Does Anwar al-Awlaki deserve to die? Would it be good for America and the world if, through some combination of fate, luck, justice and the arsenal of democracy, his heart stopped beating tomorrow? Does Barack Obama have America's best interests at heart when he endeavors to make that happen?
The answer to all of these questions is, as far as I can tell, yes.
According to any number of credible reports, the U.S.-born al-Awlaki is arguably the leading al-Qaeda propagandist in the world. He has directly inspired and recruited terrorists to kill American troops and civilians. His name has come up in numerous investigations, including those of the 2005 London subway attacks and the more recent Fort Hood, Texas, killing spree.
So again, I hope he gets his toe tag sooner rather than later.
But that doesn't mean President Obama's decision to put al-Awlaki on a secret assassination list is problem-free.
For starters, the very idea of a presidential secret assassination list is creepy in a country committed to democracy and the rule of law.
That's why the ACLU and the Center for Constitutional Rights are suing on behalf of al-Awlaki's father to have Obama's assassination order blocked by a judge. They say the president cannot simply off a U.S. citizen living outside a war zone who poses no imminent threat.
The White House responds that the judicial branch cannot, should not and must not interfere with the commander in chief's ability to fight a war Congress has authorized (if not formally declared). "Here, the political branches have exercised their respective constitutional authorities to protect national security," reads Obama's brief. "Congress authorized the president to use necessary and appropriate military force against Al Qaeda, the Taliban and associated forces," and al-Awlaki is a "senior operational leader" of Al Qaeda in the Arabian Peninsula.
The ACLU and CCR counter: "The idea that courts should have no role whatsoever in determining the criteria by which the executive branch can kill its own citizens is unacceptable in a democracy."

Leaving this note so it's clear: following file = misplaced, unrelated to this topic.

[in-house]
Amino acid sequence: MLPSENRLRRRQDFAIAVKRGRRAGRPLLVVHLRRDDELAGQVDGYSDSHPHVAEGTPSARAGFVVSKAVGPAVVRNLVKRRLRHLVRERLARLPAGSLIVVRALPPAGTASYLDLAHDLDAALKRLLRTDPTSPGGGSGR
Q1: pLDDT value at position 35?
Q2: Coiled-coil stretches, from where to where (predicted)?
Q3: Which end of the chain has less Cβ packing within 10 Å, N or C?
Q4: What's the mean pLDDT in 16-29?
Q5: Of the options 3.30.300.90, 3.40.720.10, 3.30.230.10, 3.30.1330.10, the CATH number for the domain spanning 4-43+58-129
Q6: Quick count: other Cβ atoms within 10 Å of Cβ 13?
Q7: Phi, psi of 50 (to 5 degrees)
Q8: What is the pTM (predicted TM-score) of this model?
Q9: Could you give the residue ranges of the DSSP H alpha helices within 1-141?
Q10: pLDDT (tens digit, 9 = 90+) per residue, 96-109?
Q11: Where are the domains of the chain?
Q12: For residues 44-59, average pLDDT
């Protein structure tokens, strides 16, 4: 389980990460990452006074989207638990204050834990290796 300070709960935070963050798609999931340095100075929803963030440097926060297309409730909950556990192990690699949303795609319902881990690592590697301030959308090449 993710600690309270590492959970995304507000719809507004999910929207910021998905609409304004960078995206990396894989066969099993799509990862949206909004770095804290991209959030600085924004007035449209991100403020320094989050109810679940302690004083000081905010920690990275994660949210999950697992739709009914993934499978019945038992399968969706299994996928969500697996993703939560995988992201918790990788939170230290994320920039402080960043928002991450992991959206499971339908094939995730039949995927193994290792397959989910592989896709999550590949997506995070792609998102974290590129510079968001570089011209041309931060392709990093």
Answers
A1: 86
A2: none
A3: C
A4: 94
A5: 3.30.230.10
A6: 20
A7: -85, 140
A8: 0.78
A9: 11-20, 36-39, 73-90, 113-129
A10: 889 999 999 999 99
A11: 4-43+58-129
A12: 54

Fair enough, but historically the courts usually step in when the fighting is over and clean up the legal mess when the smoke clears.
The problem is that it doesn't look like the smoke is going to clear anytime soon. In Bob Woodward's new book, Gen. David Petraeus says of the Afghanistan war, "This is the kind of fight we're in for the rest of our lives and probably our kids' lives."
I hope Petraeus is wrong about that, but I certainly don't think it's a crazy or uninformed perspective. And if that's the case, we as a society need to keep thinking this stuff through.
There's ample precedent -- and common sense -- to support the claim that the executive branch can kill American citizens when they are sworn members of enemy forces and avowed traitors working with the enemy.
But those precedents start to fray at the edges when the whole world is the war zone and the war doesn't end until a diffuse, committed and often camouflaged army of suicidal religious fanatics defy their god and agree to leave the Dark Ages. And the common sense starts to drain away like water through your fingers when you contemplate that we may be facing these kinds of problems for half a century. So while it strikes me as a no-brainer that al-Awlaki should go, what about the next guy? Or the next?
And we know there will be a next guy. Indeed, homegrown terrorists are only going to become a bigger and bigger threat in the future. That's not right-wing cant but the judgment of the Bipartisan Policy Center's recent report, co-written by the former chairs of the 9/11 Commission.
Some civil libertarians seem to think we can never, ever kill an American citizen without a trial by jury (and perhaps not even then). That argument would have been silly during the days of conventional warfare. Now it's plain crazy.
And the Obama administration is right. This is no job for courts. Wars and how we fight them are political decisions, properly left to Congress and the president.
So, let's have Congress and the president come up with some clear, public rules. Better to start the debate over an easy case than a hard one.
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